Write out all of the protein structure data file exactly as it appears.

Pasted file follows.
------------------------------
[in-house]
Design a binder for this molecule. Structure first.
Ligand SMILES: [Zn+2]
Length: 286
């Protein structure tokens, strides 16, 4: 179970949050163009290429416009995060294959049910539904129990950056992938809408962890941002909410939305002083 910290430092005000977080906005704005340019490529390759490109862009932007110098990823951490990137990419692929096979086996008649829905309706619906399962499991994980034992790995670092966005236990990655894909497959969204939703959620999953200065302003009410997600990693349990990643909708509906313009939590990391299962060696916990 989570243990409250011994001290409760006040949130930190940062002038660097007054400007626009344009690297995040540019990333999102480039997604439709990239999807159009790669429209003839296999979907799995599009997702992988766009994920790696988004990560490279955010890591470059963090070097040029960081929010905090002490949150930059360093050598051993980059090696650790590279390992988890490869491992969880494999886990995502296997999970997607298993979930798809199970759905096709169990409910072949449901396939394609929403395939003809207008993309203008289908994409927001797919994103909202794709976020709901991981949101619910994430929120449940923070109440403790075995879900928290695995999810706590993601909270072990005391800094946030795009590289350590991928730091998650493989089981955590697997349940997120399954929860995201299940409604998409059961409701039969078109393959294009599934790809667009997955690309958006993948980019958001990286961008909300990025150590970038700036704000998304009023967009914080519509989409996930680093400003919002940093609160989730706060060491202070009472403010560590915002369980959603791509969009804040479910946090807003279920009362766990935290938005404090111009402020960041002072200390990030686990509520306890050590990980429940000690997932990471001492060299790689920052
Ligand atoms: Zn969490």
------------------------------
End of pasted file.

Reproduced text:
[in-house]
Design a binder for this molecule. Structure first.
Ligand SMILES: [Zn+2]
Length: 286
């Protein structure tokens, strides 16, 4: 179970949050163009290429416009995060294959049910539904129990950056992938809408962890941002909410939305002083 910290430092005000977080906005704005340019490529390759490109862009932007110098990823951490990137990419692929096979086996008649829905309706619906399962499991994980034992790995670092966005236990990655894909497959969204939703959620999953200065302003009410997600990693349990990643909708509906313009939590990391299962060696916990 989570243990409250011994001290409760006040949130930190940062002038660097007054400007626009344009690297995040540019990333999102480039997604439709990239999807159009790669429209003839296999979907799995599009997702992988766009994920790696988004990560490279955010890591470059963090070097040029960081929010905090002490949150930059360093050598051993980059090696650790590279390992988890490869491992969880494999886990995502296997999970997607298993979930798809199970759905096709169990409910072949449901396939394609929403395939003809207008993309203008289908994409927001797919994103909202794709976020709901991981949101619910994430929120449940923070109440403790075995879900928290695995999810706590993601909270072990005391800094946030795009590289350590991928730091998650493989089981955590697997349940997120399954929860995201299940409604998409059961409701039969078109393959294009599934790809667009997955690309958006993948980019958001990286961008909300990025150590970038700036704000998304009023967009914080519509989409996930680093400003919002940093609160989730706060060491202070009472403010560590915002369980959603791509969009804040479910946090807003279920009362766990935290938005404090111009402020960041002072200390990030686990509520306890050590990980429940000690997932990471001492060299790689920052
Ligand atoms: Zn969490």